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    The .root Saga Continues | Log in/Create an Account | Top | 8 comments | Search Discussion
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    Jack Goldsmith and Tim Wu open their book
    by Anonymous on Monday May 01 2006, @01:59PM (#16740)
    Jack Goldsmith and Tim Wu open their book, Who Controls the Internet? (just out from Oxford University Press).

    Who controls the internet? Once upon a time, we'd have answered (cheerfully or dolefully, depending on where we stood on the anarchy-to-order spectrum): 'nobody'. Because of its transnational, global nature, the net seemed to be beyond the control of mere governments, locked into petty jurisdictions and relying on antiquated, steam-age laws to impose order.

    'Governments of the industrial world', wrote John Perry Barlow in his 1996 'Declaration of the Independence of Cyberspace', 'you weary giants of flesh and steel, I come from cyberspace, the new home of mind. On behalf of the future, I ask you of the past to leave us alone. You are not welcome among us. You have no sovereignty where we gather... You have no moral right to rule us nor do you possess any methods of enforcement we have... reason to fear.'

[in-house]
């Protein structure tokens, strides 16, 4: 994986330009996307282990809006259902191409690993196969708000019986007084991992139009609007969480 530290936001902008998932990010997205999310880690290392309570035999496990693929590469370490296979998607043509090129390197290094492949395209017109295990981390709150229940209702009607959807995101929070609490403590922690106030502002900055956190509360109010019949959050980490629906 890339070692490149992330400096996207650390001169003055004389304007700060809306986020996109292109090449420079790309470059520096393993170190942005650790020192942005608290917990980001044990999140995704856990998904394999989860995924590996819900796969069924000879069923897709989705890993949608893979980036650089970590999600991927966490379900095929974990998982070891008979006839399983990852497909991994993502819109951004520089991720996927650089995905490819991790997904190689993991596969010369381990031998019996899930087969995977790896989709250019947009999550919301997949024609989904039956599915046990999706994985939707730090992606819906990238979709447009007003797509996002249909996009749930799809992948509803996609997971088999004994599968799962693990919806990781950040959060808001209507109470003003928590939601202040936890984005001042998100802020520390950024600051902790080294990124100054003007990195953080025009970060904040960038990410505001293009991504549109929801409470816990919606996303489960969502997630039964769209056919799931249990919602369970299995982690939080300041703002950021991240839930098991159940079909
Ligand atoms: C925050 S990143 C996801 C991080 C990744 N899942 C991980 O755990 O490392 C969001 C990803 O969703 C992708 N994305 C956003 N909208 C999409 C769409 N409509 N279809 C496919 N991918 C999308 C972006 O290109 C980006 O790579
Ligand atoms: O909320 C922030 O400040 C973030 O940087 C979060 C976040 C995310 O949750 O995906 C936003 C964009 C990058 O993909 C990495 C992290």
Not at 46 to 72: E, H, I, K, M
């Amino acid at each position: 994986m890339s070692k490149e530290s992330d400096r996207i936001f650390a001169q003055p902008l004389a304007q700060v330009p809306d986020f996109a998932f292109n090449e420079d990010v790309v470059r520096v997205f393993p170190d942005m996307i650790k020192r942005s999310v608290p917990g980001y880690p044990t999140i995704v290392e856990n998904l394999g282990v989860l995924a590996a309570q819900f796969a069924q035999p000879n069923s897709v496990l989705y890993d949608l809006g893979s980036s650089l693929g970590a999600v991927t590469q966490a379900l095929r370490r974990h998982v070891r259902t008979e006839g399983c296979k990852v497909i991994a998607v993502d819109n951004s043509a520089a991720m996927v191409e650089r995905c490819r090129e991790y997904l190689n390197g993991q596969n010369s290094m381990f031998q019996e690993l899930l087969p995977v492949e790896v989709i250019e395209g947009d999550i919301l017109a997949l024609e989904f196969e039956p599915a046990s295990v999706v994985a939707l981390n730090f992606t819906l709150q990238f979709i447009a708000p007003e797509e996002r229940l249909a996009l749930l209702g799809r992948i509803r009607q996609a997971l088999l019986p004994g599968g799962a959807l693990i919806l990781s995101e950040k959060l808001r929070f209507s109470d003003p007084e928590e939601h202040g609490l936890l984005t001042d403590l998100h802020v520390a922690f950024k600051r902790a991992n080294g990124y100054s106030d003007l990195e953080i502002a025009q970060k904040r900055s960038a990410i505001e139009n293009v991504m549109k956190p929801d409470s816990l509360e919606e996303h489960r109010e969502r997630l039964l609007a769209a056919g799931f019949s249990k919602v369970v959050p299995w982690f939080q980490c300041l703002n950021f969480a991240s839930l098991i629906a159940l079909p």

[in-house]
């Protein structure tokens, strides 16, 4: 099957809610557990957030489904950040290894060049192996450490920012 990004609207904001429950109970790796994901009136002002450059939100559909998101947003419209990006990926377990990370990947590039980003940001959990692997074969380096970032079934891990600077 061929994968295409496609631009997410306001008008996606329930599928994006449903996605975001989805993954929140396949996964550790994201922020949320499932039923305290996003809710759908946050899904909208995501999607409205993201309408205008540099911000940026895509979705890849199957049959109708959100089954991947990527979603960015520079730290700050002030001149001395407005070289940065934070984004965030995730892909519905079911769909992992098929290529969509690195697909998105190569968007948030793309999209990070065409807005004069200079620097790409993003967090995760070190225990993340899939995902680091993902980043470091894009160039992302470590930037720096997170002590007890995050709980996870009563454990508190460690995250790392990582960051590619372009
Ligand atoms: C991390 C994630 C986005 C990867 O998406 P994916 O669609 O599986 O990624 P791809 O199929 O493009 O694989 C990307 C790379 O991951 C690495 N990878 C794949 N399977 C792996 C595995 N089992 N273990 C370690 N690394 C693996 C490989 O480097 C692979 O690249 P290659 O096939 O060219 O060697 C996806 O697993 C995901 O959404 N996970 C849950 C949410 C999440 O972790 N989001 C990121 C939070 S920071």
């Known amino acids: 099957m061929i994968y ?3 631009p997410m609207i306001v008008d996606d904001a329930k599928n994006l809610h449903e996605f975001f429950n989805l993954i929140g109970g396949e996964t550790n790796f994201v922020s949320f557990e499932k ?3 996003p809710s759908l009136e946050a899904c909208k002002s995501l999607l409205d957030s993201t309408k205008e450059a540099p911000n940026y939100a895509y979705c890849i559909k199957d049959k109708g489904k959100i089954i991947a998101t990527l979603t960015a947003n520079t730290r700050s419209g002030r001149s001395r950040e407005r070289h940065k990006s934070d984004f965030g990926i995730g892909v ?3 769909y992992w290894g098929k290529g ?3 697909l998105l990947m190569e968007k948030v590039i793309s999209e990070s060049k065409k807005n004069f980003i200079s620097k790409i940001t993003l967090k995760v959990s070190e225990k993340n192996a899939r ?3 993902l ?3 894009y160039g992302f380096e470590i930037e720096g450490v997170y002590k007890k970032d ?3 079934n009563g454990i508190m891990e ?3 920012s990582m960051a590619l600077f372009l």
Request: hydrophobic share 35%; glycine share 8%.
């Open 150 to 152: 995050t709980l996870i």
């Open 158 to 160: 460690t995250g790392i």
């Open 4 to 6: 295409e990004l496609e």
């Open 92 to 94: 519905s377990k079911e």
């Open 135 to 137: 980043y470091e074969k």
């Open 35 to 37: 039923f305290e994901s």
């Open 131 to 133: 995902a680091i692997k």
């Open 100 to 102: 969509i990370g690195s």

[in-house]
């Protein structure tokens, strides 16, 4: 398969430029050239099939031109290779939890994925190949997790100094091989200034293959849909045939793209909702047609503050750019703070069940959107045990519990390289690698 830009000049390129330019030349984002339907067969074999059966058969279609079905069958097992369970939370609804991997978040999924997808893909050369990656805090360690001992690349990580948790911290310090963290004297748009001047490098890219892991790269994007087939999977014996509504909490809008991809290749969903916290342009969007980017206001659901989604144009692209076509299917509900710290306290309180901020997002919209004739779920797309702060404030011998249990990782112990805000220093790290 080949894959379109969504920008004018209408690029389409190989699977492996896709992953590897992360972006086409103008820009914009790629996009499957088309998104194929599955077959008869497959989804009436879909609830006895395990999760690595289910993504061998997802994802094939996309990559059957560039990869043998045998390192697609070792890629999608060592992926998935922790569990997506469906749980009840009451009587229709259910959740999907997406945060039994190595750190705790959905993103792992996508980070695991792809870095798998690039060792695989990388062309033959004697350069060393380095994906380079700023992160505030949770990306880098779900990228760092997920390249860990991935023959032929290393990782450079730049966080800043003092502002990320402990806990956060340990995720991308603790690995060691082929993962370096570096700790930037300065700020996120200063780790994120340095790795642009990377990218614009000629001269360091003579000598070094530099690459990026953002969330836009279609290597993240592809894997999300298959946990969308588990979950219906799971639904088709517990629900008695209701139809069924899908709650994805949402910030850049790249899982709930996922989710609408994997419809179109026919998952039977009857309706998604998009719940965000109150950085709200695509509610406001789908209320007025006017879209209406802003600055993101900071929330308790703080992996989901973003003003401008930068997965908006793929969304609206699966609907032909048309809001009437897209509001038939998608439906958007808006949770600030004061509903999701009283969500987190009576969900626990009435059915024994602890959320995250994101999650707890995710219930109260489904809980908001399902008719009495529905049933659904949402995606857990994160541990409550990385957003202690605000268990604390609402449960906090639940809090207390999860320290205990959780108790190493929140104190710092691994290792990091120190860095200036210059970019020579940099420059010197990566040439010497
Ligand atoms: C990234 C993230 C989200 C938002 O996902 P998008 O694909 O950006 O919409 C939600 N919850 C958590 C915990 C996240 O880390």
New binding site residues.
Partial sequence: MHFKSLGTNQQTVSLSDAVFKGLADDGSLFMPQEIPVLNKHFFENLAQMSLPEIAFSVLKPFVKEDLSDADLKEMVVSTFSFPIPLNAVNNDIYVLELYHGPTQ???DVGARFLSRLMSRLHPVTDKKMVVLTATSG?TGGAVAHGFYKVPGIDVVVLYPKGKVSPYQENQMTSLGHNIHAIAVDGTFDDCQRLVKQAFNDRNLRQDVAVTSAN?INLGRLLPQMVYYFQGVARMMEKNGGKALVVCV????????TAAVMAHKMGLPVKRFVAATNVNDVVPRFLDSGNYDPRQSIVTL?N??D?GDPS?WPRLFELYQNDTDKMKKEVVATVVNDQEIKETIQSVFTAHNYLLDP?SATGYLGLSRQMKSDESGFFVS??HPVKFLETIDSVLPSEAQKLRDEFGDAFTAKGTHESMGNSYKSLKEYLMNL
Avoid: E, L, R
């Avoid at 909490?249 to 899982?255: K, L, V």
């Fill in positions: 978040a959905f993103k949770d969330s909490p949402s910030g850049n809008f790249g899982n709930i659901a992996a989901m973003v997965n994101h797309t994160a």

It makes sobering reading. The theme of the book is that, when they choose to do it, governments are perfectly capable of wielding coercive power over those who use the internet.

    The end result in both cases, though, is the same: people who imagined they were operating in the borderless, law-free realms of cyberspace find themselves subjected to the mundane laws and standards of what Barlow used to call 'meatspace'.
    [ICANN is all about meatspace and face-to-face
    meetings in expensive remote locations.]

    A good thing too, some will say. But there are some downsides to this. The most obvious is that the democratising power of the net - the thing that made us think that it was a force for creating open societies - can, and will, be curtailed. 'That government-wielded force can change the very nature of the internet itself', write Goldsmith and Wu, 'is nowhere clearer than in China, where a brawny and self-confident People's Republic is building a nationalist internet within its borders. As China does this, it is creating a network that is moving away from the internet in the West, not only in its language, but also in its values and deep architecture.'
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    [ Reply to This | Parent ]


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